Apr. 03 2011 07:05 AM
steve from St.Louis

I prefer to read in bookstores, the chain
stores make it easy, I've read several,
as many visits it takes, chapter or two at
a time. The waiting list at the library is
often longer than it takes to finish a good
story/book. I also "need" to confess that
there's this really cute coffee maker that
doesn't distract me too much.

Apr. 02 2011 02:40 PM
Kirsten

@Michael
Thank you very much!

Apr. 01 2011 04:28 PM
Loralee Cooley from Cordell Oklahoma

We're talking about a real conundrum here: never going to read an E-book or go to a box book store vs. how many trees does it take to print all these books we all love.

I really hadn't considered the paper thing until I tried to publish my first children's book by a regular trade publisher (read: paper book). After they backed out, I discovered an internet publisher, www.sharing-books.com, that strictly does on-line books, and is also a corporate sponsor of something worthwhile, namely, Room-to-Read. So...at no cost to me (and so far no financial return, either)...I am now considered a "published" author, even though my one book is available only on-line.

What does that mean? Have I copped out? Is this really the end of print books? I sincerely hope not; there's nothing more comforting than the feel and fragrance of a good book. And to prove that, just arrived in today's mail is a brand-new National Geographic book that I'm holding in one hand while typing with the other.

Mar. 29 2011 04:41 PM

@Kirsten: The scoring at the end of "Survival Strategies for Booksellers" is:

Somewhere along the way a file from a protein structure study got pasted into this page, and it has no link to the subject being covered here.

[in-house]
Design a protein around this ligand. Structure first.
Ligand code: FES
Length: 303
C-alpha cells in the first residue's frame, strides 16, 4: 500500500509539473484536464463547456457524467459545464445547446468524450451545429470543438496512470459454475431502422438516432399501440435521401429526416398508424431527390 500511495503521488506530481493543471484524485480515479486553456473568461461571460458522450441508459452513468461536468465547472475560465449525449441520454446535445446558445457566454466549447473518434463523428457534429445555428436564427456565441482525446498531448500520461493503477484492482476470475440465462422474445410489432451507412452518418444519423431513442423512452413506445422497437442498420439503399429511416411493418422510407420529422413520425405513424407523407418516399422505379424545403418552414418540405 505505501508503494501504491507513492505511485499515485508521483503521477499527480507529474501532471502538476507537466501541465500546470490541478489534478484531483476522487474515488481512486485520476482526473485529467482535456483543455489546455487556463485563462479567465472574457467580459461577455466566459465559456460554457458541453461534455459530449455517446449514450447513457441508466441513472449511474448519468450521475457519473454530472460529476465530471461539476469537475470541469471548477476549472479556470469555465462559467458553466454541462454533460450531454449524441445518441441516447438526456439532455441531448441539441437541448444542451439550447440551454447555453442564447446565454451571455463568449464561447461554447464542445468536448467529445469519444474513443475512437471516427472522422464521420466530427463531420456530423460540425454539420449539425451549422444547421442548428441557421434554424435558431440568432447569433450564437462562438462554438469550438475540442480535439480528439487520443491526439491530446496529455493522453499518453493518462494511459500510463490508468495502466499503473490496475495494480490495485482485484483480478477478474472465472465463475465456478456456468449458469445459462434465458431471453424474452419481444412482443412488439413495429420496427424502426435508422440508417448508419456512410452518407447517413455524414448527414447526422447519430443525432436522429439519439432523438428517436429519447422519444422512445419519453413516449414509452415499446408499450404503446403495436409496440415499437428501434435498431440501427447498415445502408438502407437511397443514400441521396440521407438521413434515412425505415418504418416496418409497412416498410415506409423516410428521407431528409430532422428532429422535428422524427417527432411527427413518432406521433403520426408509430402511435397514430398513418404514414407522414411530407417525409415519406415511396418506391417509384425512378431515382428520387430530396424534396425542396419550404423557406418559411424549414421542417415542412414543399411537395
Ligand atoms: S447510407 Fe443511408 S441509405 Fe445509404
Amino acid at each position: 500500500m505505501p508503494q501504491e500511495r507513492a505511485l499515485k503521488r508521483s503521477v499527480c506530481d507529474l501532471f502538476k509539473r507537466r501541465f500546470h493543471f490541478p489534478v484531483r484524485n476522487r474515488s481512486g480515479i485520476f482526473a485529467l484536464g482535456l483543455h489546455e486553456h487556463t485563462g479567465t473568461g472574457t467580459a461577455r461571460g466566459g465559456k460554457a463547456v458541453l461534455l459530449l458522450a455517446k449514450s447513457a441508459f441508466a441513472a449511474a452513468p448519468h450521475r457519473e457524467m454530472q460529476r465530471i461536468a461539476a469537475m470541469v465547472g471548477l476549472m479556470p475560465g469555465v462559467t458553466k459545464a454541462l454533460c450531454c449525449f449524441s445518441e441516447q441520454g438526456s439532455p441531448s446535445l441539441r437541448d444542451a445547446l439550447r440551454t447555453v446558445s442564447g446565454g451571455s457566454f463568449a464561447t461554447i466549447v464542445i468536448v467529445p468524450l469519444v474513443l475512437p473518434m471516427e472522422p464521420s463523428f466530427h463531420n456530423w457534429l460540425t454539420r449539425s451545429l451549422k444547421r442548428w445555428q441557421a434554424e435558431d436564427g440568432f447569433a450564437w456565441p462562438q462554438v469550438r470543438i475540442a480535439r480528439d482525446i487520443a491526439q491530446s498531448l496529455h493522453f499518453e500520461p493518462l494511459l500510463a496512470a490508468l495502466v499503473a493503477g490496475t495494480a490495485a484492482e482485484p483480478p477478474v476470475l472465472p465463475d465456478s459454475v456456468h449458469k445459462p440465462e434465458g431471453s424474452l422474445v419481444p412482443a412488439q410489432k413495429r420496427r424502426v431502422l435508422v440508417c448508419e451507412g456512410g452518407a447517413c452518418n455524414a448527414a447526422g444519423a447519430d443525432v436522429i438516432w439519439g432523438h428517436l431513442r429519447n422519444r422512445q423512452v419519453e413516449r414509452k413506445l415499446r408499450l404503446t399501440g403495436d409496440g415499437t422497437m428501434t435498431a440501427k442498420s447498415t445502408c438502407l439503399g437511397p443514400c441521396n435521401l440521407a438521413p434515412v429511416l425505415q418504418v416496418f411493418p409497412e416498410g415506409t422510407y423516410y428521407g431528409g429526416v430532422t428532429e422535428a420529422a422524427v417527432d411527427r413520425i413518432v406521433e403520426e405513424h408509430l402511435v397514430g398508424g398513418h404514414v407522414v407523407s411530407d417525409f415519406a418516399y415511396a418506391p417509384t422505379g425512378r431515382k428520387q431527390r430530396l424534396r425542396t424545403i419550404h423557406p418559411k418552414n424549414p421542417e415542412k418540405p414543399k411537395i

Piano Concerto in F Minor (Bach), from the album "Mozart: Piano Concerto No. 19 in F Major, K. 459 - Bach: Piano Concerto in F Minor"

Mar. 29 2011 02:02 PM
Kirsten from Upstate New York

What is the piano piece featured at the end of this story?

Mar. 29 2011 01:05 PM
Raymond J. Aklonis from Lambertville, NJ

Across the Delaware River from my rivertown residence is New Hope, Pa., home of Farley's Book Store. It is a small book store run by readers and enthusiasts that share their excitement for the world of ideas with their customers. I prefer to spend the extra money for their books rather than go to the mega stores that don't come close to the intimacy and warmth one feels at Farleys. It is an ever present joy to walk across the bridge to spend an hour browsing in the stacks and small rooms of this gracious establishment. I will never purchase an e-book and encourage everyone not to give up the experience of handling a book with beautiful covers, a variety of fonts, and the texture of papers.

Mar. 29 2011 11:43 AM
irene from washington state

I agree with Judy; I've a pc, but it's basically for keeping in touch iwth friends.
I prefer local bookstores; there are a few within 5 miles of my residence. I like keeping them open, and the people are personable, and often, live in the area where the store is located.....some are used bookstores, some are new book stores, but I love them, and will support them.

Mar. 27 2011 10:46 PM
Robert LaTurner from Seattle, WA

I still love the experience of being in bookstores of every type. I feel overjoyed to be living in an area that has so many Half-Price Books. That is where I buy more books than anywhere else. That way I'm not confined to what is new and hip, or even what is currently in print. And hey, a bargain is a bargain!

Mar. 27 2011 10:46 PM
Judy/Vermont

I won't buy anything online, nor do I do box stores: I buy my books locally, keep the money at home, keep my neighbors in business. I've had a PC since they first came out, but won't be ruled by them -- nor by gadgets. I prefer LIFE!

Mar. 27 2011 04:54 PM